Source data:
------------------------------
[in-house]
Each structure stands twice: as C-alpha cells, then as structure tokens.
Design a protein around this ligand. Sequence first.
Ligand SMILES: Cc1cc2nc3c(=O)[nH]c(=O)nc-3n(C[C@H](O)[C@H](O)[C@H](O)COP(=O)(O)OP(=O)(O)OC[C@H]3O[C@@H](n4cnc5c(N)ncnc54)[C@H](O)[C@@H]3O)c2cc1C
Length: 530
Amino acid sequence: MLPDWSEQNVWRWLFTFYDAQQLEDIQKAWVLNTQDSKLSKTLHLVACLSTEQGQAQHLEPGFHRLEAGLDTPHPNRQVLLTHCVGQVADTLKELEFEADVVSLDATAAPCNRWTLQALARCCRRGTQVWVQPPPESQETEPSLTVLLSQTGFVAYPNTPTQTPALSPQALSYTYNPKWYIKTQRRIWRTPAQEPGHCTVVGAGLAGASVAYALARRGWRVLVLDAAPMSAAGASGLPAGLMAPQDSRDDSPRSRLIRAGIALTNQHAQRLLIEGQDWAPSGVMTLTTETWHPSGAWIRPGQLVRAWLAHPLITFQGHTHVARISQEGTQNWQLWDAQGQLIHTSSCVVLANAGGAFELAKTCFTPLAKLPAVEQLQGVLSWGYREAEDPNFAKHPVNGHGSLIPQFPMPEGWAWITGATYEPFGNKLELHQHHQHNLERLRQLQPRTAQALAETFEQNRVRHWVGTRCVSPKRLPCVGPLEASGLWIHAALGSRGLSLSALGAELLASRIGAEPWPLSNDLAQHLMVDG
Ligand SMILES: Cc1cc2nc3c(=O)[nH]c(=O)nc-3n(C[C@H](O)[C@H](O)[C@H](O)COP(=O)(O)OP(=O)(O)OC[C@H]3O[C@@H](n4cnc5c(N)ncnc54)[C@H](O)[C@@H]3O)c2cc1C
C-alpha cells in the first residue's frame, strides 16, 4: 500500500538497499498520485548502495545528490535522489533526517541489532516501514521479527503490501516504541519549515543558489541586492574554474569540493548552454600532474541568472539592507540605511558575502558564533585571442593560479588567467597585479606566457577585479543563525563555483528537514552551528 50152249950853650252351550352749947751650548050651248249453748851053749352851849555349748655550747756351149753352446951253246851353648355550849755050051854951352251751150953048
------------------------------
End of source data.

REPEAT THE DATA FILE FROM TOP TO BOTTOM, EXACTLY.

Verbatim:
[in-house]
Each structure stands twice: as C-alpha cells, then as structure tokens.
Design a protein around this ligand. Sequence first.
Ligand SMILES: Cc1cc2nc3c(=O)[nH]c(=O)nc-3n(C[C@H](O)[C@H](O)[C@H](O)COP(=O)(O)OP(=O)(O)OC[C@H]3O[C@@H](n4cnc5c(N)ncnc54)[C@H](O)[C@@H]3O)c2cc1C
Length: 530
Amino acid sequence: MLPDWSEQNVWRWLFTFYDAQQLEDIQKAWVLNTQDSKLSKTLHLVACLSTEQGQAQHLEPGFHRLEAGLDTPHPNRQVLLTHCVGQVADTLKELEFEADVVSLDATAAPCNRWTLQALARCCRRGTQVWVQPPPESQETEPSLTVLLSQTGFVAYPNTPTQTPALSPQALSYTYNPKWYIKTQRRIWRTPAQEPGHCTVVGAGLAGASVAYALARRGWRVLVLDAAPMSAAGASGLPAGLMAPQDSRDDSPRSRLIRAGIALTNQHAQRLLIEGQDWAPSGVMTLTTETWHPSGAWIRPGQLVRAWLAHPLITFQGHTHVARISQEGTQNWQLWDAQGQLIHTSSCVVLANAGGAFELAKTCFTPLAKLPAVEQLQGVLSWGYREAEDPNFAKHPVNGHGSLIPQFPMPEGWAWITGATYEPFGNKLELHQHHQHNLERLRQLQPRTAQALAETFEQNRVRHWVGTRCVSPKRLPCVGPLEASGLWIHAALGSRGLSLSALGAELLASRIGAEPWPLSNDLAQHLMVDG
Ligand SMILES: Cc1cc2nc3c(=O)[nH]c(=O)nc-3n(C[C@H](O)[C@H](O)[C@H](O)COP(=O)(O)OP(=O)(O)OC[C@H]3O[C@@H](n4cnc5c(N)ncnc54)[C@H](O)[C@@H]3O)c2cc1C
C-alpha cells in the first residue's frame, strides 16, 4: 500500500538497499498520485548502495545528490535522489533526517541489532516501514521479527503490501516504541519549515543558489541586492574554474569540493548552454600532474541568472539592507540605511558575502558564533585571442593560479588567467597585479606566457577585479543563525563555483528537514552551528 50152249950853650252351550352749947751650548050651248249453748851053749352851849555349748655550747756351149753352446951253246851353648355550849755050051854951352251751150953048